INFP: Sometimes you wake up. Sometimes the fall kills you. Sometimes, when you fall, you fly

ENFJ: There are so many fragile things, after all. People break so easily, and so do dreams and hearts

ENFP: Because - she said - When you’re scared but you do it anyway, that’s brave

ISFJ: People believe they’ll go and live somewhere else, but it doesn’t work that way. Wherever you go, you take yourself with you.

ISFP: You’re always you, and that don’t change, and you’re always changing, and there’s nothing you can do about it

ESFJ: You’ve a good heart. Sometimes that’s enough to see you safe wherever you go. But mostly, it’s not

ESFP: Face your life, its pain, its pleasure. Leave no path untaken

ISTJ: Hearts may break, but hearts are the toughest of muscles, able to pump for a lifetime, 70 times a minute, and scarcely falter along the way

ISTP: The truth is it’s not the idea. It’s never the idea. It’s always what you do with it

ESTJ: Finish things whatever it takes to finish things. Finish, you will learn more from glorious failure than you ever will from something you never finish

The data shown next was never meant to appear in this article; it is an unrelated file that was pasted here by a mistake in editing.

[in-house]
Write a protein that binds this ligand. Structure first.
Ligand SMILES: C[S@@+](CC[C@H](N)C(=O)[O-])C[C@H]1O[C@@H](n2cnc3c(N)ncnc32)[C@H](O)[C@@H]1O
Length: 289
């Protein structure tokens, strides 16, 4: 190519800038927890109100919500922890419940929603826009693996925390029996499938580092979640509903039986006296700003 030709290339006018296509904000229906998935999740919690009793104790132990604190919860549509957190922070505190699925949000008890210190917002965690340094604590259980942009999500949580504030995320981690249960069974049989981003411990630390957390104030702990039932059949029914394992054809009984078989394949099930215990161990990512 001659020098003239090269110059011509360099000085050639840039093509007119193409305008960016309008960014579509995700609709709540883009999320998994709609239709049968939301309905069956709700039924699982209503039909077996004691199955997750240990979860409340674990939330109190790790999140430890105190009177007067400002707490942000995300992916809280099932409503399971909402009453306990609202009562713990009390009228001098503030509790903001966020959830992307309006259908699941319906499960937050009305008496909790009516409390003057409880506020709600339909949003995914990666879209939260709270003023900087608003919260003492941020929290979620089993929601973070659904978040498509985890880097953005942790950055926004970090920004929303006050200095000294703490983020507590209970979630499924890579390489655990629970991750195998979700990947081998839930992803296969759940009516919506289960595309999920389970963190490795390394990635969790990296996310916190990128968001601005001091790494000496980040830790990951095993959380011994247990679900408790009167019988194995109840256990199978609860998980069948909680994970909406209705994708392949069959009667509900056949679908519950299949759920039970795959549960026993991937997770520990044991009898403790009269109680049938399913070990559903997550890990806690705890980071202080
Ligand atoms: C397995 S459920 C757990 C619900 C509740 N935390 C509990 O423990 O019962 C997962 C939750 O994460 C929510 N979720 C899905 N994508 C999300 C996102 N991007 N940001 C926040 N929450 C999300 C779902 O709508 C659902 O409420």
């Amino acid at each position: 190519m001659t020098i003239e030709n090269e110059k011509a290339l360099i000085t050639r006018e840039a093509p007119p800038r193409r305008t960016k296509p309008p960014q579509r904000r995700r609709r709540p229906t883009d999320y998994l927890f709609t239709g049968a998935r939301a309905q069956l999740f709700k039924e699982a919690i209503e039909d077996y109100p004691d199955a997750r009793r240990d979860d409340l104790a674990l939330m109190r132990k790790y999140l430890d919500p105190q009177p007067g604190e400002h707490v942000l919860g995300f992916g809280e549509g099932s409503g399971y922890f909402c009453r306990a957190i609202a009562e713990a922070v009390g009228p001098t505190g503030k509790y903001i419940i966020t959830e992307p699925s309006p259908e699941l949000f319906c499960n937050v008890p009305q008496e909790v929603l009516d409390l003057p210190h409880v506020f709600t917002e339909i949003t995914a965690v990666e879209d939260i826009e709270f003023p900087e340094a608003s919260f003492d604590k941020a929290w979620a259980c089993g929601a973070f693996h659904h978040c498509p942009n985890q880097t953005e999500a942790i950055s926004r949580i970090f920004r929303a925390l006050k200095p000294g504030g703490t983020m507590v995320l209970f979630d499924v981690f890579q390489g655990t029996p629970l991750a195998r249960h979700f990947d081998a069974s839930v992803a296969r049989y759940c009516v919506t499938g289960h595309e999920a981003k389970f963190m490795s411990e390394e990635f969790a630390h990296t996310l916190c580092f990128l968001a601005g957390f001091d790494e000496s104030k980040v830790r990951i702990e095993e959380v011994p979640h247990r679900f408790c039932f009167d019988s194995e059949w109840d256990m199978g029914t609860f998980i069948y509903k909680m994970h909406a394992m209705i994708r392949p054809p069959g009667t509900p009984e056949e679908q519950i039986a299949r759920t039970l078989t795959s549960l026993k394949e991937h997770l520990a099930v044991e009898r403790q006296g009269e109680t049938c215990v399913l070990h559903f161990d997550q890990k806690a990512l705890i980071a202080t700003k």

ESTP: I think hell is something you carry around with you, not somewhere you go

Twilight conversations - Jughead Jones Imagine (Riverdale)

Originally posted by diltons

Warnings: none

Request: Anon: 7, 3, 25 with Jughead Jones please

3. “Oh, love,” I don’t think you know the meaning of sarcasm.“

7. “Honestly, if you wanted sex this bad you could’ve just told me!”

25. “That lip biting’s getting a little out of hand,”

Summary: Jughead and the reader have their weekly movie night.

You love Saturday Nights. Its your movie with Jughead. You guys have been having a movie night ever since you were old enough to sit still through a movie. Eventually, due to time, age and circumstance, you guys starting holding them at the Twilight. When you guys started dating, movie night became date night. Although you hardly ever did something other than watch movies, you always loved spending one-on-one time with your raven haired lover. Tonight was your pick for the twilight. You guys take turns on who picks the first movie at the twilight and then you guys both pick the rest of them. Rocking on the balls of your feet, you search the crowd of adolescents for his iconic grey beanie. A grin breaks out on your face you spot him and eagerly await him so you can both make your way to his “residence”. You were the only one aside from his family to know about his living situation and you constantly kept trying to get him to live somewhere else. He ignores you now when you try to bring it up so you leave him be but you never let it go.